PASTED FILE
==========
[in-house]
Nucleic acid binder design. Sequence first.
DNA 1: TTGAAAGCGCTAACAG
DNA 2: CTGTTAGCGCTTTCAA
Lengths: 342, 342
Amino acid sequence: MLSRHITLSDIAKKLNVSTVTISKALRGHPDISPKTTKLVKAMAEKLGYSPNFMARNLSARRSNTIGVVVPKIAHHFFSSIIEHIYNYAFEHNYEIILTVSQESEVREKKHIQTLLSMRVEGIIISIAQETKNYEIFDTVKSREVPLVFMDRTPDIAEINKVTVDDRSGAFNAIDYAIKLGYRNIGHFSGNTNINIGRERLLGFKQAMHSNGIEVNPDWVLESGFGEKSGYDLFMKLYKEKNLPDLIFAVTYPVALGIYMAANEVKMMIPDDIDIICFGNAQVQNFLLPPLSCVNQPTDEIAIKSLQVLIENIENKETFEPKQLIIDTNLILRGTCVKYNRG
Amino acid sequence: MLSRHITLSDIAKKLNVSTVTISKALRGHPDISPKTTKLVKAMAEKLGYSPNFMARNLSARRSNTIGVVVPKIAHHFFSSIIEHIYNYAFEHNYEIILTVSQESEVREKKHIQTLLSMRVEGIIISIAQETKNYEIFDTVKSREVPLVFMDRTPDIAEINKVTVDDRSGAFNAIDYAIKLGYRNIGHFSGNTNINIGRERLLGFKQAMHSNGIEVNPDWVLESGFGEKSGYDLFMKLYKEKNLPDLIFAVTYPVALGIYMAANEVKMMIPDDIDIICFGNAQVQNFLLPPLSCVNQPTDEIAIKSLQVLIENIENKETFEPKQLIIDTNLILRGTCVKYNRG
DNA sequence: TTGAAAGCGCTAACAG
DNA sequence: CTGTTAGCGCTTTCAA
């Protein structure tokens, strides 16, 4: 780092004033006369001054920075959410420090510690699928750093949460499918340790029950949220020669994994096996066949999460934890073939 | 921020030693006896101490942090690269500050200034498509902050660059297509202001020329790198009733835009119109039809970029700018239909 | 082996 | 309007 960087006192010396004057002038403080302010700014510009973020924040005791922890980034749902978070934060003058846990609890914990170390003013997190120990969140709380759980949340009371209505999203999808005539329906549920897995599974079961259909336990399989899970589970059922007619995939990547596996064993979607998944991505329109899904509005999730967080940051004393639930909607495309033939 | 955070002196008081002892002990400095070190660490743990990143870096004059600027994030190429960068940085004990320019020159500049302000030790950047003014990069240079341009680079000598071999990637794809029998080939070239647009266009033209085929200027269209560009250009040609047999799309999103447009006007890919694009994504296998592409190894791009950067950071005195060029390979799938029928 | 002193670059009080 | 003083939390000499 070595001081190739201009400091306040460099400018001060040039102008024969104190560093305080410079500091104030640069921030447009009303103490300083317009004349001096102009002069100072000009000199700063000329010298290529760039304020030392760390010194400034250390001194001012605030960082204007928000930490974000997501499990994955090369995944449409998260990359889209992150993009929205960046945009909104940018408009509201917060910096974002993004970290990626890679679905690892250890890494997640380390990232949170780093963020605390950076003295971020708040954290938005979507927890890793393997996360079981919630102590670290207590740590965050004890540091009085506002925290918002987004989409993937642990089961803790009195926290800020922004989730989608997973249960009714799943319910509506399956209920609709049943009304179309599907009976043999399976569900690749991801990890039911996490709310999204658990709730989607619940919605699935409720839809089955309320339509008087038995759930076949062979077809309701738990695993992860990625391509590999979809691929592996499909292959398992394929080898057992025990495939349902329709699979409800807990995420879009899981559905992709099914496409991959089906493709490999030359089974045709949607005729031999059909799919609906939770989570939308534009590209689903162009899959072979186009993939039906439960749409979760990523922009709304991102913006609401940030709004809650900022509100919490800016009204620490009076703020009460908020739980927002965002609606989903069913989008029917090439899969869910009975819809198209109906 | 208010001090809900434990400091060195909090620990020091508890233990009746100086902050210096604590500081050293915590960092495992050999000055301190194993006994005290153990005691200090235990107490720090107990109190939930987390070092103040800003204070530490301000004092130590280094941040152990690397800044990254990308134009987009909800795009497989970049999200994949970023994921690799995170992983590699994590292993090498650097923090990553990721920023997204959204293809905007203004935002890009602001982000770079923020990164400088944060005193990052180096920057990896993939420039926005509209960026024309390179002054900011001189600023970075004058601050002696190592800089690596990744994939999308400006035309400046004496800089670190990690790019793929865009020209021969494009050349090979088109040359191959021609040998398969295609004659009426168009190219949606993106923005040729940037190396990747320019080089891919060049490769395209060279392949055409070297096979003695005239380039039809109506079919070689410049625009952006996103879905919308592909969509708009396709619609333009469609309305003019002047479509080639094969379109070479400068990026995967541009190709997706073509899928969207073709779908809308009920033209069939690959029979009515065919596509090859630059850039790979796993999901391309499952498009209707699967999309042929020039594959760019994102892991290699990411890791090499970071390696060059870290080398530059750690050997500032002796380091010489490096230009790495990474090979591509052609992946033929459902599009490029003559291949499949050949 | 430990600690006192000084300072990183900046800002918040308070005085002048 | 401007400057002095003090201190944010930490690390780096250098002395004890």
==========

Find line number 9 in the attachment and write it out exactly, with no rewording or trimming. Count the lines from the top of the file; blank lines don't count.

DNA sequence: CTGTTAGCGCTTTCAA